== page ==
Openings United Kingdom

Zurbarán sale could lead to National Gallery branch

Auckland Castle is target for northern outpost

Zurbaráns in the long dining room, Auckland Castle

london. The National Gallery may open an outpost in County Durham, in the north of England, following the Church Commis­sioners’ sale of its £15m Zurbarán paintings to an independent trust. Auckland Castle would then become the gallery’s first branch in nearly two centuries.

Following years of uncertainty, the set of Zurbarán’s “Jacob and his Twelve Sons” was saved last month, when financial advisor Jonathan Ruffer bought them from the Church of England for a charitable trust. Without his intervention, the paintings would probably have been auctioned in July and possibly dispersed.

As part of the initiative to expand public access to Auckland Castle and the Zurbaráns, the National Gallery has agreed to consider loans from its collection. This display should encourage further visitors to the castle, the seat of the Bishop of Durham for over 800 years.

Lord Rothschild, chairman of the National Gallery until 1998, has played a key role in saving the Zurbaráns. “It would be wonderful if the gallery trustees were to lend appropriate paintings to Auckland Castle and establish an outstation for northeast Eng­land,” he said. Such an agreement could then lead to a changing selection of loans on a long-term basis, with the gallery involved in the display.

A National Gallery spokes­woman said that it “hopes to be able to lend”, although decisions will be up to the trustees.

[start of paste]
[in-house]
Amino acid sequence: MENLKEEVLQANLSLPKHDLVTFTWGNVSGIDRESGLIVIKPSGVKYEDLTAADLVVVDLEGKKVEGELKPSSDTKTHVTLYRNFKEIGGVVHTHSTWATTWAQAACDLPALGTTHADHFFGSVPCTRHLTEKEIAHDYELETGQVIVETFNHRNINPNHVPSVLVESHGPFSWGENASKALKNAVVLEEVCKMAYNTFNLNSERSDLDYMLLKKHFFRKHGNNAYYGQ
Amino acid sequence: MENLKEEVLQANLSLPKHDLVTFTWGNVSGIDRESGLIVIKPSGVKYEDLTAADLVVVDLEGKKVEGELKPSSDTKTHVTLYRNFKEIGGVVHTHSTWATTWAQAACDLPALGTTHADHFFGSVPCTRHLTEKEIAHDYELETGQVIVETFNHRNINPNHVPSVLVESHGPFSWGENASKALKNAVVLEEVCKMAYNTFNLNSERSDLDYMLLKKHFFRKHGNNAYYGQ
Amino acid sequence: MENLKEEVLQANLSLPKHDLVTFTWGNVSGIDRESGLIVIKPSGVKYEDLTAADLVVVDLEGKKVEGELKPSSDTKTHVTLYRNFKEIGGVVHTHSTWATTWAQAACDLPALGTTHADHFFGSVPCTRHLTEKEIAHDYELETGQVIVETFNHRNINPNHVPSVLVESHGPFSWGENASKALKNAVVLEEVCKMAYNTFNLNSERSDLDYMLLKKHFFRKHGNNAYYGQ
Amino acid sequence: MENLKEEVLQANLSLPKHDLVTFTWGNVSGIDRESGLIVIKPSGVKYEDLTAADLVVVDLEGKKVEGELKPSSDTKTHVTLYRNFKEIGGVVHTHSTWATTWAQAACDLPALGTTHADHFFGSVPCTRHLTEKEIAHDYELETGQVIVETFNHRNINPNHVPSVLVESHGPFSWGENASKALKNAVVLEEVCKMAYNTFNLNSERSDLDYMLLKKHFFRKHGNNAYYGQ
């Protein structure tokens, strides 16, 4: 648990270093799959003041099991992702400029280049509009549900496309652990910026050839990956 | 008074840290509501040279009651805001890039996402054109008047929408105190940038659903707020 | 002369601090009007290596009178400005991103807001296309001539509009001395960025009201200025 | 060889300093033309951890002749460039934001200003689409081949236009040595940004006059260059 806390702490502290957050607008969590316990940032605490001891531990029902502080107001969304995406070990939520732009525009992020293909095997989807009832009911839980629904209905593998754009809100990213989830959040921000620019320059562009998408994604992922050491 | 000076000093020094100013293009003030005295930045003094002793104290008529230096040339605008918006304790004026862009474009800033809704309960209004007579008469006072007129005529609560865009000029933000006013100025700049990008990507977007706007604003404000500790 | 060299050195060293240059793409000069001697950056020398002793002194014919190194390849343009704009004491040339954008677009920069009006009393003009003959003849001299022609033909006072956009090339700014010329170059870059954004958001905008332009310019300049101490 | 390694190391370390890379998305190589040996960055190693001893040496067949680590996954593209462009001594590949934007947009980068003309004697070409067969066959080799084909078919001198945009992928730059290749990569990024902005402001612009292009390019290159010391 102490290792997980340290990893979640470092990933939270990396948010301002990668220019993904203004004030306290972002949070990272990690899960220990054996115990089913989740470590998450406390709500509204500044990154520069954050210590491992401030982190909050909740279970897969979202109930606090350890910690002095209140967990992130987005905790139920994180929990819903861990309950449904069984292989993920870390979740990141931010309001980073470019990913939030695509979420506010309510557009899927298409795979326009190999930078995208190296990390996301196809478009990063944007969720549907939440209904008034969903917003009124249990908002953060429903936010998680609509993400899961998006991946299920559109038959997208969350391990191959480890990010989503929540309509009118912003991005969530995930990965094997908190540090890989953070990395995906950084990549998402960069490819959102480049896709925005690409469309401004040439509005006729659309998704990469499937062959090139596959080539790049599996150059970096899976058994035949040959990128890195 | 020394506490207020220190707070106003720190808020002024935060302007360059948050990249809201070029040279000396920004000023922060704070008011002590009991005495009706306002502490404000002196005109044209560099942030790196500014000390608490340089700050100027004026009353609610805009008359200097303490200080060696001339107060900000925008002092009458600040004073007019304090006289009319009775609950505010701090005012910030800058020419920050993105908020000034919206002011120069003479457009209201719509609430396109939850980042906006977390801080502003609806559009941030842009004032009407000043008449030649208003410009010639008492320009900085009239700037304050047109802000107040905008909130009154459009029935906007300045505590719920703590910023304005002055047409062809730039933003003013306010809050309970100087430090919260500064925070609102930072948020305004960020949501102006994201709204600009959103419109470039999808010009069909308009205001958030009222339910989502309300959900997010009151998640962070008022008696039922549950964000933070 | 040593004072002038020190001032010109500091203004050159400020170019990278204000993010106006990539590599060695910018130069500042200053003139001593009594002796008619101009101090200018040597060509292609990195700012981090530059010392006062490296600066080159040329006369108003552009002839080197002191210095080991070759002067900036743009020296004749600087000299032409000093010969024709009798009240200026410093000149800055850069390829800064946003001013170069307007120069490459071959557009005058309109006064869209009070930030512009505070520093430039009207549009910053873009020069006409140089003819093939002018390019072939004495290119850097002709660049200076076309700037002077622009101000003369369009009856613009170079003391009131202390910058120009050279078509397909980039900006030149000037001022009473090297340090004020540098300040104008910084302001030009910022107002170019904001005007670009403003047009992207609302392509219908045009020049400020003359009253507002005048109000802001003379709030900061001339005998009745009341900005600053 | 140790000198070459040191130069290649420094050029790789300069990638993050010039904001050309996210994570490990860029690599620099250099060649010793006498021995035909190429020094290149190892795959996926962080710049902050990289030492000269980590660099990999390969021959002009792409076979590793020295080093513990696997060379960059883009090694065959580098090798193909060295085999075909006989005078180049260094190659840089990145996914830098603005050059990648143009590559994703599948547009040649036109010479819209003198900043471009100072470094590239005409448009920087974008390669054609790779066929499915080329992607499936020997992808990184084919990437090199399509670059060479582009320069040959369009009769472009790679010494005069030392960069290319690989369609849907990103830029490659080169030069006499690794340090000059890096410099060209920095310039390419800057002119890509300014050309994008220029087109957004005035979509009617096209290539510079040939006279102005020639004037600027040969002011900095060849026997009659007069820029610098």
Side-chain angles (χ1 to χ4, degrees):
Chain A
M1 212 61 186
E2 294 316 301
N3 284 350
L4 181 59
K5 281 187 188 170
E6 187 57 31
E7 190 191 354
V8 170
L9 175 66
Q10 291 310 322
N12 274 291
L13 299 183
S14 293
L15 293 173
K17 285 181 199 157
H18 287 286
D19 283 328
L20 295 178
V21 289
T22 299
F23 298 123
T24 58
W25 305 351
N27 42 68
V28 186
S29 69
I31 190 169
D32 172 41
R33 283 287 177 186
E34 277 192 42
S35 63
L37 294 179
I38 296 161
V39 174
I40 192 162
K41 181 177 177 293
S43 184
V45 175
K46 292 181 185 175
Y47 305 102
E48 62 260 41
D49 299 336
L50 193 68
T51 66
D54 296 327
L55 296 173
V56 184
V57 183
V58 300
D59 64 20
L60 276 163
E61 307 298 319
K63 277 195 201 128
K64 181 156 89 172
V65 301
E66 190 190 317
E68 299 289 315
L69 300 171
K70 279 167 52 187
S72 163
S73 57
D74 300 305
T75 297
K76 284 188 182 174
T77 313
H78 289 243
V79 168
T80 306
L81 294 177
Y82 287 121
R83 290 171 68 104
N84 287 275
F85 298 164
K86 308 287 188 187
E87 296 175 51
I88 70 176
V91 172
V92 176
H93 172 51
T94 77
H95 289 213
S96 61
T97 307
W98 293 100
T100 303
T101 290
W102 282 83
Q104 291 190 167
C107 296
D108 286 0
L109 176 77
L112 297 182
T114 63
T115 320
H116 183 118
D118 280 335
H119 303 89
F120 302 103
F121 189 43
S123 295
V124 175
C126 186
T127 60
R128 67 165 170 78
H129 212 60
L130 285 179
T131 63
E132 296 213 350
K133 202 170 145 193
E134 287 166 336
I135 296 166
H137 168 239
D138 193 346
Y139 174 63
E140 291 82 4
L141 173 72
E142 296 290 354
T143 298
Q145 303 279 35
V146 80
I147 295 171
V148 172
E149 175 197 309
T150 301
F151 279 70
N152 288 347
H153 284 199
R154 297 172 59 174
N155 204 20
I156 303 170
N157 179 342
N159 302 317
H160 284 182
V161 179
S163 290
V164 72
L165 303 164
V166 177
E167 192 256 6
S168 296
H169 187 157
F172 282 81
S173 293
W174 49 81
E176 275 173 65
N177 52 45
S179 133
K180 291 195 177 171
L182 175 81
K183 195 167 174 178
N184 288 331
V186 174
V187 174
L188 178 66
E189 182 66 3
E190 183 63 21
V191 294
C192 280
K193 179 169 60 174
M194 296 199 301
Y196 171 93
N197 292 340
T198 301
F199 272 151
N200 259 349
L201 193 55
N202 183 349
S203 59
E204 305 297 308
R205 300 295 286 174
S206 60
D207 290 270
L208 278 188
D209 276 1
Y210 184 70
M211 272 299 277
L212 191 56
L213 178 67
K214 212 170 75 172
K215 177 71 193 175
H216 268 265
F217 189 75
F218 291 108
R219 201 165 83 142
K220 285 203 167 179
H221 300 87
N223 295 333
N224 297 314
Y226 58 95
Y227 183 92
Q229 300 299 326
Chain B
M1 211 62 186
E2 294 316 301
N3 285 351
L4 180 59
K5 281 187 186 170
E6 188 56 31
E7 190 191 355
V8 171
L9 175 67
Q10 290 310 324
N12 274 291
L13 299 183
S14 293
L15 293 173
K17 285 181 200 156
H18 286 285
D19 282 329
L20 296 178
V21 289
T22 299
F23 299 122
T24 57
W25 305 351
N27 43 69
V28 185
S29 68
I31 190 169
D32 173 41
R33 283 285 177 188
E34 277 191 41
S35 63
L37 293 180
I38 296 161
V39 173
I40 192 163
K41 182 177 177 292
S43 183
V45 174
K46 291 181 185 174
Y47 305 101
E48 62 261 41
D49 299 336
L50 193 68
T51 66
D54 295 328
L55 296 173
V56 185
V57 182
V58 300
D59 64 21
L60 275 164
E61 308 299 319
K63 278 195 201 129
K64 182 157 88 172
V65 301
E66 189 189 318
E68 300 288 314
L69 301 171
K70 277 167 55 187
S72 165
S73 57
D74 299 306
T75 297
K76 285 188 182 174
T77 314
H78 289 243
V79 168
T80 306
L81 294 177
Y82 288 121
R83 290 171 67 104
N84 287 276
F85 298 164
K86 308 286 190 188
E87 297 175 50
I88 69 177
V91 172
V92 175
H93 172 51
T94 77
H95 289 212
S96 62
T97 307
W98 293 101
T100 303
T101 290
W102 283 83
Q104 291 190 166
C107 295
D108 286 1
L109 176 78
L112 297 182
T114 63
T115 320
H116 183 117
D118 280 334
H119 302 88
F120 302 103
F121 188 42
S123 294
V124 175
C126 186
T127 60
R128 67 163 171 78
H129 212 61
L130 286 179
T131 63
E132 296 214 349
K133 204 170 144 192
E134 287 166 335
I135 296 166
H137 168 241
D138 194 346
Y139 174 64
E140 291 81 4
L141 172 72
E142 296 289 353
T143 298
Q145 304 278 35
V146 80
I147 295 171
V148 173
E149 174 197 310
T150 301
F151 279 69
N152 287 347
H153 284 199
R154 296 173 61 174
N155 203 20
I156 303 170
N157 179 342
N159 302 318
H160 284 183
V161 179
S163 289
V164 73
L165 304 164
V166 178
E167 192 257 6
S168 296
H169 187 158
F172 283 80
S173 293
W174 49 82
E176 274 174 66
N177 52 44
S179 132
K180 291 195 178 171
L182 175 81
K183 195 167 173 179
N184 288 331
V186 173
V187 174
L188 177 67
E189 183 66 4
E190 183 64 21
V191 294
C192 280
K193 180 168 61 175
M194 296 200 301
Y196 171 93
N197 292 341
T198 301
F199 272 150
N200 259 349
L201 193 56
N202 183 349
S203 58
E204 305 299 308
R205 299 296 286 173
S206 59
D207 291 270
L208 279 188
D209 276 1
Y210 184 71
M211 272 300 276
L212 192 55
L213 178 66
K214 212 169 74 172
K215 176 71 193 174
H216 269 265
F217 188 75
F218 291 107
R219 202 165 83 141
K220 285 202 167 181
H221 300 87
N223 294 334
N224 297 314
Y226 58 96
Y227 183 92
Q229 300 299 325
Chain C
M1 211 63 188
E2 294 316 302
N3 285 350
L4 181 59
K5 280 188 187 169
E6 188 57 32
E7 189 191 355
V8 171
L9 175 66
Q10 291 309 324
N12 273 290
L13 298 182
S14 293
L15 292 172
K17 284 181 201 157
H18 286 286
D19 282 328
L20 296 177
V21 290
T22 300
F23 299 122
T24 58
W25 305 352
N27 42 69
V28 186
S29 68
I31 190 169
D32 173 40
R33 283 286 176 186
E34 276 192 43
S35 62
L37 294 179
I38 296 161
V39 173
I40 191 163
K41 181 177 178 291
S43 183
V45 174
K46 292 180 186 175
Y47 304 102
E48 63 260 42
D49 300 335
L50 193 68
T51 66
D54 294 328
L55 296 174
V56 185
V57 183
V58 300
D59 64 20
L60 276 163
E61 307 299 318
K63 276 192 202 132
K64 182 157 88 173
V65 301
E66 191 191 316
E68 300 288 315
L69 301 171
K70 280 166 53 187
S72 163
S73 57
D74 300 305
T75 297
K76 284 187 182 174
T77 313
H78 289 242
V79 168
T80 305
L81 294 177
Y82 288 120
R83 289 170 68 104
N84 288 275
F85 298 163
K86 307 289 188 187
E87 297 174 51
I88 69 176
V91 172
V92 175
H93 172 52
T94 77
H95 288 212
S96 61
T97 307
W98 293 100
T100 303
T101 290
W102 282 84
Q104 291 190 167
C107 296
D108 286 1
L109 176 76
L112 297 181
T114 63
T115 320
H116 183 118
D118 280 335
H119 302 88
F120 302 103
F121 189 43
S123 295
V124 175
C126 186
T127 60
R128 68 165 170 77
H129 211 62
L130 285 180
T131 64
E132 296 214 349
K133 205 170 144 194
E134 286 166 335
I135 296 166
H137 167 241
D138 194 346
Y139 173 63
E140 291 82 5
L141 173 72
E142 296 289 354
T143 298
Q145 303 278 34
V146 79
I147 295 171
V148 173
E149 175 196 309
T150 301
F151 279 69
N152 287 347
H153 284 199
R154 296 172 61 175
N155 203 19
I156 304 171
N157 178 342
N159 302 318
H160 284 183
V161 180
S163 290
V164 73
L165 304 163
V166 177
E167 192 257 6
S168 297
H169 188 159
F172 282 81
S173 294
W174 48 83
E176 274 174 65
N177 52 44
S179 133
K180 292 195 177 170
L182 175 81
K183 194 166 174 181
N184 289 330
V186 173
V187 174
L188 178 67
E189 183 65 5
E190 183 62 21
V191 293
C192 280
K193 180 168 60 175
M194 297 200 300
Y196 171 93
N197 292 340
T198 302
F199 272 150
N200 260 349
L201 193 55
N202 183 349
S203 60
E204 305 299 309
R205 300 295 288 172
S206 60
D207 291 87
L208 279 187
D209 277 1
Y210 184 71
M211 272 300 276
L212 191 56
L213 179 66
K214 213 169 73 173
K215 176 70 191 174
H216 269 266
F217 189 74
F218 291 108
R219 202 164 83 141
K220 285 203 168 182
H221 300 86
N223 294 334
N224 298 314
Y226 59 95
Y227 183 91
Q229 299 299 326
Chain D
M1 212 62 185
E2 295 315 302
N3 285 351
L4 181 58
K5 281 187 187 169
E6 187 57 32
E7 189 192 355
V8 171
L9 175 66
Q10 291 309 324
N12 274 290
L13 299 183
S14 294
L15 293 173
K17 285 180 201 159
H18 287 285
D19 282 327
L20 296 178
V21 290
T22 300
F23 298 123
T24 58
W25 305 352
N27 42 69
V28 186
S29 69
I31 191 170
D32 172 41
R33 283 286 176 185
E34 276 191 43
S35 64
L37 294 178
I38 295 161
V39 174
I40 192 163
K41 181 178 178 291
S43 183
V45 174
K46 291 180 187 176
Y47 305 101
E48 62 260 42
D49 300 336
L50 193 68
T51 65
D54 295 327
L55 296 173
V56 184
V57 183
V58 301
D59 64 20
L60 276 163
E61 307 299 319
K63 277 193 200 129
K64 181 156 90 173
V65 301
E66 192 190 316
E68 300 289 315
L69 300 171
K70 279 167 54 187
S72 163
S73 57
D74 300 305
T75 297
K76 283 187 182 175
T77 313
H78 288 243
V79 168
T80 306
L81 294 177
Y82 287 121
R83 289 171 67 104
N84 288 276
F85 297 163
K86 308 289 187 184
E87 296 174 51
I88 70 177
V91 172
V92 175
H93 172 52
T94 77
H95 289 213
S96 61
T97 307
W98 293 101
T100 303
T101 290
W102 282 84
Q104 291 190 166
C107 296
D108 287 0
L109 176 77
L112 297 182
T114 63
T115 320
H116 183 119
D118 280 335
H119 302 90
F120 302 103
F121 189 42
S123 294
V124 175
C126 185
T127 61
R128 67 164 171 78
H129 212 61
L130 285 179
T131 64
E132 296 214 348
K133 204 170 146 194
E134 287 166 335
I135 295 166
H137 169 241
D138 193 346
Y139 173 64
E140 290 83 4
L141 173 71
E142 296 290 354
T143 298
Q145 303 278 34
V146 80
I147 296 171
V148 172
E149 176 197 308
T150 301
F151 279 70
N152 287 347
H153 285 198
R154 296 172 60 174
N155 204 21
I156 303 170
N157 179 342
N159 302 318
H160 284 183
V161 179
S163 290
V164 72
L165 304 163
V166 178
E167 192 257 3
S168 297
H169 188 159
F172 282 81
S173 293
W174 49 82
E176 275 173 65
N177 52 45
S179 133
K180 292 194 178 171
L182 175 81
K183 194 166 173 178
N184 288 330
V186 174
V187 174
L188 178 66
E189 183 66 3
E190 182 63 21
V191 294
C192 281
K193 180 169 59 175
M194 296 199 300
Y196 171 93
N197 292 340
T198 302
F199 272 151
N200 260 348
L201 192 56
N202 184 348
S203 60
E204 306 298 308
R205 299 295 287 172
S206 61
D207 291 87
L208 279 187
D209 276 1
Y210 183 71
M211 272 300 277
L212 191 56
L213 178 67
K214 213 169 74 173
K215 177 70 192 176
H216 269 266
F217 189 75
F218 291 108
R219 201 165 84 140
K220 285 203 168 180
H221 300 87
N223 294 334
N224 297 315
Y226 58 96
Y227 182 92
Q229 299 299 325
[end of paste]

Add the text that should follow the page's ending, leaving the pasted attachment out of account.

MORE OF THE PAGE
Zurbarán’s “Jacob and his Twelve Sons”, 1640-45, was bought for Auckland Castle by Bishop Richard Trevor in 1756. The eight-foot-high pictures have always hung in its long dining room. Although the full set comprises 13 works, Trevor failed to buy the one of Jacob’s youngest son, Benjamin (it was replaced with an 18th-century copy).

The Church Commissioners decided to sell the Zurbaráns, to raise funds towards its responsibility for funding the Anglican clergy. Although a valuation of £10m had been suggested in 2005, the latest figure was £15m.

The next stage will be to decide how to open up Auckland Castle to a greater extent (it now opens two or three days a week, from Easter to September) which will involve an arrangement with the Church Commissioners, who own the building, and upgrading public facilities.

Discussions are underway with Durham County Council, the National Trust, the Heritage Lottery Fund (a potential source of grants), the Department for Culture, Media and Sport, English Heritage and the National Gallery. Lord Rothschild has already offered £1m from the Rothschild Foundation. Trevor had been a supporter of the 1753 Jewish Naturalisation Bill and this was one of Lord Rothschild’s reasons for securing the Zurbaráns, which depict the Patriarch Jacob and the founders of the Twelve Tribes of Israel.

Benjamin passed, in 1779, to the family of Baron Willoughby de Eresby of Grims­thorpe Castle, Lincoln­shire. It is hoped that the family will lend the painting to Auckland Castle later this year, so Jacob’s youngest son can, at least temporarily, rejoin his brothers.

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